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6 results for Womens rights:
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Photograph, Clarina Irene Howard Nichols
Authors: No authors specified.
Date: Between 1855 and 1860
Clarina Irene Howard Nichols and her husband settled in Quindaro, Wyandotte County, Kansas Territory. She was active in politics and women's rights. Nichols attended the Wyandotte Constitutional Convention 1859 where she secured for Kansas women liberal property rights, equal guardianship of their children, and the right to vote on all school questions. Susan B. Anthony paid tribute to Clarina Nichols in her "History of Woman Suffrage".

Keywords: Nichols, Clarina Irene Howard, 1810-1885; Photographs and Illustrations; Women; Women Legal status, laws, etc; Women Suffrage; Womens rights; Wyandotte Constitutional Convention, July 1859


Moneka Woman's Rights Association, Secretary's book
Authors: Moneka Woman's Rights Association
Date: 1858--1860
The secretary's book contains the minutes of the Moneka Woman's Rights association. It also contains the organization's preamble, constitution, and list of members. Members were both male and female. Officers were elected quarterly. Most meetings consisted of an address and also discussion of a question, both related to women's rights issues. They also addressed letters to territorial constitutional conventions and to the Kansas Legislature. They also support the work of C. I. H. Nichols.

Keywords: Denison, Elizabeth S.; Doy, Pamelia; Equal rights; Linn County, Kansas Territory; McGrath, Mollie A.; Moneka Womans Rights Association; Moneka, Kansas Territory; Nichols, Clarina Irene Howard, 1810-1885; Snyder, Mary I. T.; Suffrage; Wattles, Esther; Wattles, J. O.; Wattles, Sarah G.; Wattles, Susan E.; Women; Womens rights


Journal, Leavenworth Constitutional Convention
Authors: Tappan, S. F. (Samuel Forster), d. 1913
Date: April 2, 1858
At the beginning of the afternoon session, Friday, April 2, 1858, suffrage was briefly discussed, with Samuel N. Wood moving to strike "male" wherever it occurred in the instrument and "to insert after the word 'he' the words 'or she' . . ." The motion failed, but 20 delegates supported what arguably amounted to an equal rights amendment for women. The yeas and nays were recorded.

Keywords: Adams, F. G. (Franklin George), 1824-1899; Arny, W. F. M. (William Frederick Milton), 1813-1881; Constitutions; Leavenworth Constitutional Convention, March-April 1858; Leavenworth County, Kansas Territory; Leavenworth, Kansas Territory; Ritchie, John, 1817-1887; Suffrage; Tappan, S. F. (Samuel Forster), d. 1913; Thacher, Timothy D., 1831-1894; Winchell, James M., 1823-1877; Women; Womens rights; Wood, S. N. (Samuel Newitt)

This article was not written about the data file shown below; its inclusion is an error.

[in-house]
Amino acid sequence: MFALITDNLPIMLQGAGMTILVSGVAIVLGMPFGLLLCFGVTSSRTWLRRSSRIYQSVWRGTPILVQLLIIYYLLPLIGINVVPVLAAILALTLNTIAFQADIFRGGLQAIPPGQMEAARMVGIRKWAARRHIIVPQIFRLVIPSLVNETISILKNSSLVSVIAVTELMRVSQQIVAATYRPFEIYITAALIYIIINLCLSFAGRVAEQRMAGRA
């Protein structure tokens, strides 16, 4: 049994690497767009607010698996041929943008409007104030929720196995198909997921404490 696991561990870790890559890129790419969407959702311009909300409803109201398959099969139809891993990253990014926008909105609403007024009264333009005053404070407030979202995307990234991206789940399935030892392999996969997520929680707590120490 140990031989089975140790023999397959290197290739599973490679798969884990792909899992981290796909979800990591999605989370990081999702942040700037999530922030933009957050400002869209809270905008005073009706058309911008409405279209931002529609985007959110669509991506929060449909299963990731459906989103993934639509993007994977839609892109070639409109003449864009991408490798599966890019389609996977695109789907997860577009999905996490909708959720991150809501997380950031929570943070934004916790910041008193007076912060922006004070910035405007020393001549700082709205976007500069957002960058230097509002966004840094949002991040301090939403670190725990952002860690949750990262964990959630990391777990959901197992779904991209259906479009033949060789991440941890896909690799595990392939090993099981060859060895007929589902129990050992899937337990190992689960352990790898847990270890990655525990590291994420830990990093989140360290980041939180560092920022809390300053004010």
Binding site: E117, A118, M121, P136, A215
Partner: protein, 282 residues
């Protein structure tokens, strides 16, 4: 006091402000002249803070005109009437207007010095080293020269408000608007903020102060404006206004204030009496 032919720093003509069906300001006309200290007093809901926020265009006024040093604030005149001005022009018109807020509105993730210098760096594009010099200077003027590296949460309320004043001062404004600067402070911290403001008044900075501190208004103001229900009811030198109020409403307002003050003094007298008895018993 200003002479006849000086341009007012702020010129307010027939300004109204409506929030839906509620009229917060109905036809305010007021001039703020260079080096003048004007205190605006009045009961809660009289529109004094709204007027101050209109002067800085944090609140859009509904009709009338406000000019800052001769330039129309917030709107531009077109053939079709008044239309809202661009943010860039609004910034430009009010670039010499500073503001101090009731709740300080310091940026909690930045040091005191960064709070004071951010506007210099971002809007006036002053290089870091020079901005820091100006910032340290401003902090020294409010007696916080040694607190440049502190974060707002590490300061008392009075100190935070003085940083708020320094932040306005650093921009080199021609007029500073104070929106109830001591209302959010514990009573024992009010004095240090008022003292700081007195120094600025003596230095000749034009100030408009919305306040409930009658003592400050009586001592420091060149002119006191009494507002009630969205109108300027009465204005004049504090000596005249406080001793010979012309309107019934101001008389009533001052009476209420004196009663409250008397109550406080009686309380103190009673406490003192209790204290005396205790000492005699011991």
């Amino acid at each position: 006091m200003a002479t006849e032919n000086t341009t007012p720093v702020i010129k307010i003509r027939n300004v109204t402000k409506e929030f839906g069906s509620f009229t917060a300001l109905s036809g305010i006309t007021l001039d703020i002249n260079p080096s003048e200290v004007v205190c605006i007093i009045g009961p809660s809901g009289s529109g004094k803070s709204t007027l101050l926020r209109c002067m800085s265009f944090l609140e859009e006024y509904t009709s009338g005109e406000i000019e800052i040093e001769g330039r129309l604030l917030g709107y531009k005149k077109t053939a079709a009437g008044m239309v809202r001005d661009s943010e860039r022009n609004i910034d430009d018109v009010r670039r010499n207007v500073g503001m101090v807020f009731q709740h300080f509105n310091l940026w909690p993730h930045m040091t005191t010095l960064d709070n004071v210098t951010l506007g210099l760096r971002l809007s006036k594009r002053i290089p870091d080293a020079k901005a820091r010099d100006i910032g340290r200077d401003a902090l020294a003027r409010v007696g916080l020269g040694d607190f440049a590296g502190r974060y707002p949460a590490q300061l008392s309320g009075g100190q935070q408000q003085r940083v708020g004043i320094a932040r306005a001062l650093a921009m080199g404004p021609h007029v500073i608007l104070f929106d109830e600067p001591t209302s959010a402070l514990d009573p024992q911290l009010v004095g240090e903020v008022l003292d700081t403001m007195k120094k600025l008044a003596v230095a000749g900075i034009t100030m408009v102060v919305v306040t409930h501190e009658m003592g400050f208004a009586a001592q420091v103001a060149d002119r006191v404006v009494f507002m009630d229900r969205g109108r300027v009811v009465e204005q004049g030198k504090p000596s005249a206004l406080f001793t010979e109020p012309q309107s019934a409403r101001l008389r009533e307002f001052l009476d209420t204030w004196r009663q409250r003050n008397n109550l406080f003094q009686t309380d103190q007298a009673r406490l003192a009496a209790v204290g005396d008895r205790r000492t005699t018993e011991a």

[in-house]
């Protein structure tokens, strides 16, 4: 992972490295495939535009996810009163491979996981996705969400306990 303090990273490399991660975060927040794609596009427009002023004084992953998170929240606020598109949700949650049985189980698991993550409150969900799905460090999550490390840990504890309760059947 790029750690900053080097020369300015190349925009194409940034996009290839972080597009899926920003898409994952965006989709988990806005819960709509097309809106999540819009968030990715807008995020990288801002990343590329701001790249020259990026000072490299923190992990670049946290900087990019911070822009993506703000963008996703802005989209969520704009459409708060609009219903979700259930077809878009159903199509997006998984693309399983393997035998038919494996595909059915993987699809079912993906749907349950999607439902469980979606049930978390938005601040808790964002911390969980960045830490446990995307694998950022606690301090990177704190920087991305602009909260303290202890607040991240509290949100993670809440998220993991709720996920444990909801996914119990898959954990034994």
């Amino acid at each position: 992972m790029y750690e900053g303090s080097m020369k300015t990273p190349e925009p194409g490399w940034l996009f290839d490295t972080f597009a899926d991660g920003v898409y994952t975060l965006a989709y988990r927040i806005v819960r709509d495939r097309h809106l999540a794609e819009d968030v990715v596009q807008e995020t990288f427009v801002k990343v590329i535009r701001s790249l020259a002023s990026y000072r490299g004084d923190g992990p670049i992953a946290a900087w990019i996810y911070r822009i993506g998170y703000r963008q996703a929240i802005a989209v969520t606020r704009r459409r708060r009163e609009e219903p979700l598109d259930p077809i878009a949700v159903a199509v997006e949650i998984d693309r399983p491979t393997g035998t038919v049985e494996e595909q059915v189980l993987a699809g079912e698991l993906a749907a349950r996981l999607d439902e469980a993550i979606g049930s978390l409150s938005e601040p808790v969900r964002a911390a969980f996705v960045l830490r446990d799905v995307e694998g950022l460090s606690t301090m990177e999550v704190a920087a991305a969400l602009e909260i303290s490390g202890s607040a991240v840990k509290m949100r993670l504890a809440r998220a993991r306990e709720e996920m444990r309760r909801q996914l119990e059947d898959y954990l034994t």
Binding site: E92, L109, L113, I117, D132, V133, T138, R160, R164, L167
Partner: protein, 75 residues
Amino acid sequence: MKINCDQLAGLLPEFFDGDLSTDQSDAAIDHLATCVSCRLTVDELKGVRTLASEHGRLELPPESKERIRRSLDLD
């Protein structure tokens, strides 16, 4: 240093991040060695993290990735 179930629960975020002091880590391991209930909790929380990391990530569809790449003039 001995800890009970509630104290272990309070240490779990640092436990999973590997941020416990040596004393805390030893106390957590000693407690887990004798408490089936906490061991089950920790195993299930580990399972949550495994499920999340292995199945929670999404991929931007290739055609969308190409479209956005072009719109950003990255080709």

Leavenworth Constitution (manuscript version)
Authors: Leavenworth Constitutional Convention
Date: April 3, 1858
The Leavenworth Constitution was the most radical of the four constitutions drafted for Kansas Territory. The Bill of Rights refers to "all men" and prohibited slavery from the state. The word "white" did not appear in the proposed document and therefore would not have excluded free blacks from the state. Article XVI, Section 3 directed the general assembly to provide some protection for the rights of women. The Leavenworth Constitution was ratified on May 18, 1858 but the U.S. Senate did not act to approve the document.

Keywords: African Americans; Constitutional conventions; Constitutions; Conway, Martin Franklin; Free state activities; Leavenworth Constitution; Leavenworth Constitutional Convention, March-April 1858; Leavenworth, Kansas Territory; Suffrage; Tappan, S. F. (Samuel Forster), d. 1913; Womens rights


Leavenworth Constitution as published in D.W. Wilder's, The Annals of Kansas (1886)
Authors: Leavenworth Constitutional Convention
Date: April 3, 1858
The Leavenworth Constitution was the most radical of the four constitutions drafted for Kansas Territory. The Bill of Rights refers to "all men" and prohibited slavery from the state. The word "white" did not appear in the proposed document and therefore would not have excluded free blacks from the state. Article XVI, Section 3 (p. 227) directed the general assembly to provide some protection for the rights of women. The Leavenworth Constitution was ratified on May 18, 1858 but the U.S. Senate did not act to approve the document.

Keywords: African Americans; Constitutional conventions; Constitutions; Conway, Martin Franklin; Free state activities; Leavenworth Constitution; Leavenworth Constitutional Convention, March-April 1858; Leavenworth County, Kansas Territory; Leavenworth, Kansas Territory; Suffrage; Tappan, S. F. (Samuel Forster), d. 1913; Womens rights


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